Department of Geography

PhD position in Geomorphology
80 %

Reconstructing and analysing the past evolution of rock glaciers in Switzerland

within the project RoDynAlpS:
Rock glacier dynamics in the Swiss Alps: evolution and drivers at multiple spatio-temporal scales

Project context
With the support of the Swiss National Science Foundation (SNSF), the Universities of Fribourg (UniFr), Lausanne (UNIL) and Zurich (UZH), and the WSL Institute for Snow and Avalanche Research (SLF) in Davos have launched the RoDynAlpS project, the first comprehensive and consistent study of past, present and regional evolution of rock glaciers in Switzerland. Through the combination of local and region-wide remote sensing analyses, integrative field-based studies and detailed numerical modelling, the project will provide a complete framework for understanding the dynamics of rock glaciers in the context of climate change.

Read more about the project

Your responsibilities

Rock glaciers are amongst the most emblematic permafrost-related landforms of the mountain cryosphere. These ice-rich landforms are substantially affected by climate change and can accelerate dramatically when permafrost temperatures and water contents rise. At present, the state of rock glaciers in the Swiss Alps is largely unknown. In particular, the understanding of current and past rock glacier dynamics remains limited, together with the factors controlling both rock glacier characteristics and creep rates. Decadal changes in rock glacier velocities that occurred during the last century in the (Swiss) Alps are documented only by a few time series. A representative overview of long-term evolution of rock glacier kinematics is lacking, although related data (repeated aerial photographs) are available for the Swiss Alps since the 1950s.
In this project, a systematic computation of long-term series of rock glacier kinematics (horizontal velocities and vertical changes) will be compiled for a large number of sites located in various topo-climatic settings. This data is used to precisely and reliably describe and evaluate velocity patterns over the last decades. The long-term evolution will be compared to the current behavior of rock glaciers as derived from in-situ data and will further be used to develop and calibrate models simulating long-term changes in ice-rich alpine permafrost, both for the past and the future. In addition, attention will be given to so-called destabilized rock glaciers showing anomalous behavior.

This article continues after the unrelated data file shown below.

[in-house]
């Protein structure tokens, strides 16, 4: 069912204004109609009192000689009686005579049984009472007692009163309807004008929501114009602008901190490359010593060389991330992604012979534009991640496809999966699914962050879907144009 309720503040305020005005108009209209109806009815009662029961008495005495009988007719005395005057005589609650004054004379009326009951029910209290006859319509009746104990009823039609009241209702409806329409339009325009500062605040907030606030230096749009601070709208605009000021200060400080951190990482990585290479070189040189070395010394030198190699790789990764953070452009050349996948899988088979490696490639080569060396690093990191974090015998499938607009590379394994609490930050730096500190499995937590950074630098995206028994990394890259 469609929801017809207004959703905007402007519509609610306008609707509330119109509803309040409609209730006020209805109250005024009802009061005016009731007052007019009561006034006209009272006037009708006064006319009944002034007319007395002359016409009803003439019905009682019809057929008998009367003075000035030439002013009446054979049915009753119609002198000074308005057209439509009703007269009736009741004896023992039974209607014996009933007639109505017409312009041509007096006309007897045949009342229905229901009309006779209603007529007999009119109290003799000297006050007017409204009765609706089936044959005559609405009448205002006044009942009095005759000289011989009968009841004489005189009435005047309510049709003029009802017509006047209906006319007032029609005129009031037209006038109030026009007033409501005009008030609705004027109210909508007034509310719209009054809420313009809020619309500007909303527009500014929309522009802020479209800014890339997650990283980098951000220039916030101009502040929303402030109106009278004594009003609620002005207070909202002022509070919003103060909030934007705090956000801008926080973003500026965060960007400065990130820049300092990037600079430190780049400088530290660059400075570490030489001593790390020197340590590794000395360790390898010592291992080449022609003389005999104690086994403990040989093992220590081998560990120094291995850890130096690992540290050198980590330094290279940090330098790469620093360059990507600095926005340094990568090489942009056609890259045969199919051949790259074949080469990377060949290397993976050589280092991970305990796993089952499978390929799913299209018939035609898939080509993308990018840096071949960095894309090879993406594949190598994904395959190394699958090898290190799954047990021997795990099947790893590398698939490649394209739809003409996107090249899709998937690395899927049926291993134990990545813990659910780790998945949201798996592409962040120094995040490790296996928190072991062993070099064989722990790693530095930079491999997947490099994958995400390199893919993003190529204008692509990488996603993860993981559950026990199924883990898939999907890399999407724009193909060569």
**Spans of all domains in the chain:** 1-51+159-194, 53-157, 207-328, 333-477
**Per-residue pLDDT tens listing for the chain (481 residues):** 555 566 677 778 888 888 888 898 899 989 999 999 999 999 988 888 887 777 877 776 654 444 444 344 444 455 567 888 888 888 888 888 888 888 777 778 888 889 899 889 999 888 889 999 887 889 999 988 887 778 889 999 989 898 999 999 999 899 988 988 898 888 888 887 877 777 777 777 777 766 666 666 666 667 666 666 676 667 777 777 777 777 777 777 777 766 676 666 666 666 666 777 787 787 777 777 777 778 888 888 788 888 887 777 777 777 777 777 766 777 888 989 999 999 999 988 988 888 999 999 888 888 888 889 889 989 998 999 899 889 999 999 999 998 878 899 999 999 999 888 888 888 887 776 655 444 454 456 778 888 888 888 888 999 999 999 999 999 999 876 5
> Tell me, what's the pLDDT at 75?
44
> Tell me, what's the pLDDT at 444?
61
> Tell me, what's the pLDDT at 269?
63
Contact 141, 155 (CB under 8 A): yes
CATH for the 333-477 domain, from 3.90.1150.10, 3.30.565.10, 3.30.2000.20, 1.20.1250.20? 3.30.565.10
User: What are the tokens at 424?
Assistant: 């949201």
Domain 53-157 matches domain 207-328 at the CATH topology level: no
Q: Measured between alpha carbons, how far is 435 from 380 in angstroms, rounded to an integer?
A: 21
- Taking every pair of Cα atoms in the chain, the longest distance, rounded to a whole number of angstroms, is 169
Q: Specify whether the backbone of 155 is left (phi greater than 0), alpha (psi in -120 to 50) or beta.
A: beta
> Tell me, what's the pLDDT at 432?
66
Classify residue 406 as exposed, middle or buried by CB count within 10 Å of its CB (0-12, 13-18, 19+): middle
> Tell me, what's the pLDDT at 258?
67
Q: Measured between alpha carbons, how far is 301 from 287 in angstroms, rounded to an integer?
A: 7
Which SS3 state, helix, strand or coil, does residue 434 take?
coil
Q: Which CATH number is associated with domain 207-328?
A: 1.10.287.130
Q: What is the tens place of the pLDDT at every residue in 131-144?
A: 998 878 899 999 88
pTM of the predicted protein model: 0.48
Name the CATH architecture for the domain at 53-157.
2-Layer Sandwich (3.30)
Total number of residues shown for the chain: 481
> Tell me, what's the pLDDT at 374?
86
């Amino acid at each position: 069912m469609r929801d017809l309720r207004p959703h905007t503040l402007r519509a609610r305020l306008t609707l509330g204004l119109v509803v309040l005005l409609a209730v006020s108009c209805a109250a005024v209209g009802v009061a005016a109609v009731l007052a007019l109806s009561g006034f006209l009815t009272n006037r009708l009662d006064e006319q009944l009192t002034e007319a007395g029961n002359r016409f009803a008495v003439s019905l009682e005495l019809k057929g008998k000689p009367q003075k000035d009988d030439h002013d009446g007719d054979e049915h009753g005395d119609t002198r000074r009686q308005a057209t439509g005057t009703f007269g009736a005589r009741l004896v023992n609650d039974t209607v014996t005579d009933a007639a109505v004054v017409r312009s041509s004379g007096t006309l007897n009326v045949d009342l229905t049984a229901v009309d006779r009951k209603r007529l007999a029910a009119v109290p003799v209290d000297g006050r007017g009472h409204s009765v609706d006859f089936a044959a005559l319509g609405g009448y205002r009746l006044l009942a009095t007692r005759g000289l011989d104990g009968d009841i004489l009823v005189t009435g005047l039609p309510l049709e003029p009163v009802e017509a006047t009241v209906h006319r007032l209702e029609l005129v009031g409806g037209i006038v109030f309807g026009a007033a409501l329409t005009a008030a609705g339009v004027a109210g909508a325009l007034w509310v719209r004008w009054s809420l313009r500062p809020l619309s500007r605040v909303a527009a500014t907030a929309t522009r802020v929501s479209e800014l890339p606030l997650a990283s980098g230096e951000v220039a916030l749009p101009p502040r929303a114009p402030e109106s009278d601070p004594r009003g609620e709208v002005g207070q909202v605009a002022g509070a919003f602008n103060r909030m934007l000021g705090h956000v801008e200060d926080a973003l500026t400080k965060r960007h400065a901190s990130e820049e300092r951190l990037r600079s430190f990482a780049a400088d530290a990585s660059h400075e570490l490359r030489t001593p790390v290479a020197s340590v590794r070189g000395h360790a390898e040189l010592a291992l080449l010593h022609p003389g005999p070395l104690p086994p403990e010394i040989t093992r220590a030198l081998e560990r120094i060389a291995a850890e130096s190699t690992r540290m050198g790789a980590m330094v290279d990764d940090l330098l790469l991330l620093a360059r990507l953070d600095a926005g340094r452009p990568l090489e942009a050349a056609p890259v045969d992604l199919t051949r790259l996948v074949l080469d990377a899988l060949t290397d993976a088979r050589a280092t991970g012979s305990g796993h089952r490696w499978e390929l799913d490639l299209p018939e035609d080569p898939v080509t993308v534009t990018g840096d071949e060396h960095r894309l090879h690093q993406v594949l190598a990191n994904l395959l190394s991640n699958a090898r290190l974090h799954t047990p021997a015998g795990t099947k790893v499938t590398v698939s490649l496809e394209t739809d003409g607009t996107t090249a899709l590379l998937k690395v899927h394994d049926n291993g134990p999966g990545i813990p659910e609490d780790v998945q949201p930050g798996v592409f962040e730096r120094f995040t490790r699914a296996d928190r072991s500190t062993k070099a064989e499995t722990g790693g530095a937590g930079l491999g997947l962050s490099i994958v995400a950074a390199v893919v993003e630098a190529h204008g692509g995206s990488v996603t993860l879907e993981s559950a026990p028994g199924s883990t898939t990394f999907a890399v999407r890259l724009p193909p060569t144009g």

The success of the RoDynAlps project and the single sub-projects relies on the close collaboration with the other researchers involved. Thus collaborative tasks, such as publications, events, fieldwork, are planned.

Your profile

We are looking for a motivated, independent and committed person with a solid background in geomorphology and remote sensing fulfilling the following requirements:

What we offer

We offer a 3-year PhD full position (with the possibility to extend for another year). The successful applicant will join the Glaciology and Geomorphodynamics Group (3G) at the Department of Geography at the University of Zurich, Switzerland. The group engages in research of the cryosphere and related processes and impacts in the context of climate change. At our department, all PhD candidates pursue their doctorate within the Zurich Graduate School in Geography and Earth System Science, which provides insights across the breadth of Geography, contact to peers and opportunities to gain additional skills. In the team we build on collaboration, respect, initiative and flexibility.

Place of work

Winterthurerstrasse 190, Zürich, Switzerland

Start of employment

Applications should include a motivation letter, curriculum vitae, University degrees and certifications, as well as the names and contact details of 2 potential references.

The employment should start as soon as possible. We will start reviewing applications on May 17, 2024.

Further information

For any question relative to the position and the application process, please contact Dr. Isabelle Gärtner-Roer